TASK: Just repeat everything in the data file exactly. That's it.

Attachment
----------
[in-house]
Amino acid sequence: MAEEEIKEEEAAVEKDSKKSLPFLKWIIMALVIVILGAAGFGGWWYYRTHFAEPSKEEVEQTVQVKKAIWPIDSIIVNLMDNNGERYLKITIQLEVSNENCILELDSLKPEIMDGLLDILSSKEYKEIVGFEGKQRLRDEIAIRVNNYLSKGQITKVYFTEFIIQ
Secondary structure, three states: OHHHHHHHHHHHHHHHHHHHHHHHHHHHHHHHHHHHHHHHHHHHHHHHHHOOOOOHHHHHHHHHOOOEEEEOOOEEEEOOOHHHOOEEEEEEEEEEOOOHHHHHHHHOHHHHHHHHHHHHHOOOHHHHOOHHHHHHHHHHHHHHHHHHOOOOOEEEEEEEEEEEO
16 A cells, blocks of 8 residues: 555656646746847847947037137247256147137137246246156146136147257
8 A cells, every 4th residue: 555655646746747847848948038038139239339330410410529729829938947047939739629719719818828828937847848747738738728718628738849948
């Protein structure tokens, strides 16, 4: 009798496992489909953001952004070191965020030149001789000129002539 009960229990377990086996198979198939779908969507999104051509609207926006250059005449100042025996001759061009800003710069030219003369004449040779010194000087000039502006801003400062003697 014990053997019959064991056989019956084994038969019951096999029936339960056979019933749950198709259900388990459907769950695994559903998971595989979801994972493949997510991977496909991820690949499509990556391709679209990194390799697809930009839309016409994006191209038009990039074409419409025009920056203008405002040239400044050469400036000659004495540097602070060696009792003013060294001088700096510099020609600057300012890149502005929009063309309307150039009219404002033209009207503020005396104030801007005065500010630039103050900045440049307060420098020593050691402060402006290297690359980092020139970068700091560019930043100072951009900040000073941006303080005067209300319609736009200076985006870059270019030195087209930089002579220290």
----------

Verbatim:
[in-house]
Amino acid sequence: MAEEEIKEEEAAVEKDSKKSLPFLKWIIMALVIVILGAAGFGGWWYYRTHFAEPSKEEVEQTVQVKKAIWPIDSIIVNLMDNNGERYLKITIQLEVSNENCILELDSLKPEIMDGLLDILSSKEYKEIVGFEGKQRLRDEIAIRVNNYLSKGQITKVYFTEFIIQ
Secondary structure, three states: OHHHHHHHHHHHHHHHHHHHHHHHHHHHHHHHHHHHHHHHHHHHHHHHHHOOOOOHHHHHHHHHOOOEEEEOOOEEEEOOOHHHOOEEEEEEEEEEOOOHHHHHHHHOHHHHHHHHHHHHHOOOHHHHOOHHHHHHHHHHHHHHHHHHOOOOOEEEEEEEEEEEO
16 A cells, blocks of 8 residues: 555656646746847847947037137247256147137137246246156146136147257
8 A cells, every 4th residue: 555655646746747847848948038038139239339330410410529729829938947047939739629719719818828828937847848747738738728718628738849948
């Protein structure tokens, strides 16, 4: 009798496992489909953001952004070191965020030149001789000129002539 009960229990377990086996198979198939779908969507999104051509609207926006250059005449100042025996001759061009800003710069030219003369004449040779010194000087000039502006801003400062003697 014990053997019959064991056989019956084994038969019951096999029936339960056979019933749950198709259900388990459907769950695994559903998971595989979801994972493949997510991977496909991820690949499509990556391709679209990194390799697809930009839309016409994006191209038009990039074409419409025009920056203008405002040239400044050469400036000659004495540097602070060696009792003013060294001088700096510099020609600057300012890149502005929009063309309307150039009219404002033209009207503020005396104030801007005065500010630039103050900045440049307060420098020593050691402060402006290297690359980092020139970068700091560019930043100072951009900040000073941006303080005067209300319609736009200076985006870059270019030195087209930089002579220290």